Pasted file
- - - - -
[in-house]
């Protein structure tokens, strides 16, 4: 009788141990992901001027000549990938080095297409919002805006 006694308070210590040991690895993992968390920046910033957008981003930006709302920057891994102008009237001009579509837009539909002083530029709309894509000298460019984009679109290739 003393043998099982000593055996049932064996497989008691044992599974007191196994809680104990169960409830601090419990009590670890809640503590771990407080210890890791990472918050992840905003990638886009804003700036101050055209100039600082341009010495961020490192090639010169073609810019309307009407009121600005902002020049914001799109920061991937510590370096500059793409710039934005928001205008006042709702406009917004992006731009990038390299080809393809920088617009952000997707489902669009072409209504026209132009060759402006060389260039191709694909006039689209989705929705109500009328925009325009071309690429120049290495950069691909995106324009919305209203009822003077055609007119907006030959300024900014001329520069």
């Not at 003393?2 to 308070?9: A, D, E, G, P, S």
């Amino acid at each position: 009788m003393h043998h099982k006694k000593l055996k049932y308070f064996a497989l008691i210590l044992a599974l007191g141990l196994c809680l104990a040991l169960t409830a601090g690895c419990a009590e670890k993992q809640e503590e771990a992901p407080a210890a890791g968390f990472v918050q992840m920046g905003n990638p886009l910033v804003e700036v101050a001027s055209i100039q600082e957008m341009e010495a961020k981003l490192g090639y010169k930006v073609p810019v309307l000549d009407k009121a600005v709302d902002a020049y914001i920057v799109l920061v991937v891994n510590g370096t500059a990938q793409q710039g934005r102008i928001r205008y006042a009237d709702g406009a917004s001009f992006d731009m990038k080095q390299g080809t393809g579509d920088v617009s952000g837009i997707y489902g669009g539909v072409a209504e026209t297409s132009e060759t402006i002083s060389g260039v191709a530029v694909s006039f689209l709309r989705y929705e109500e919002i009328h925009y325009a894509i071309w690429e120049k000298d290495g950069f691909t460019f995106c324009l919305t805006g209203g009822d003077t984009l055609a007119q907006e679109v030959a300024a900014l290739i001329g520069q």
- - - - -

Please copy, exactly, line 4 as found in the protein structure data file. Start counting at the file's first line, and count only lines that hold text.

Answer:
């Amino acid at each position: 009788m003393h043998h099982k006694k000593l055996k049932y308070f064996a497989l008691i210590l044992a599974l007191g141990l196994c809680l104990a040991l169960t409830a601090g690895c419990a009590e670890k993992q809640e503590e771990a992901p407080a210890a890791g968390f990472v918050q992840m920046g905003n990638p886009l910033v804003e700036v101050a001027s055209i100039q600082e957008m341009e010495a961020k981003l490192g090639y010169k930006v073609p810019v309307l000549d009407k009121a600005v709302d902002a020049y914001i920057v799109l920061v991937v891994n510590g370096t500059a990938q793409q710039g934005r102008i928001r205008y006042a009237d709702g406009a917004s001009f992006d731009m990038k080095q390299g080809t393809g579509d920088v617009s952000g837009i997707y489902g669009g539909v072409a209504e026209t297409s132009e060759t402006i002083s060389g260039v191709a530029v694909s006039f689209l709309r989705y929705e109500e919002i009328h925009y325009a894509i071309w690429e120049k000298d290495g950069f691909t460019f995106c324009l919305t805006g209203g009822d003077t984009l055609a007119q907006e679109v030959a300024a900014l290739i001329g520069q």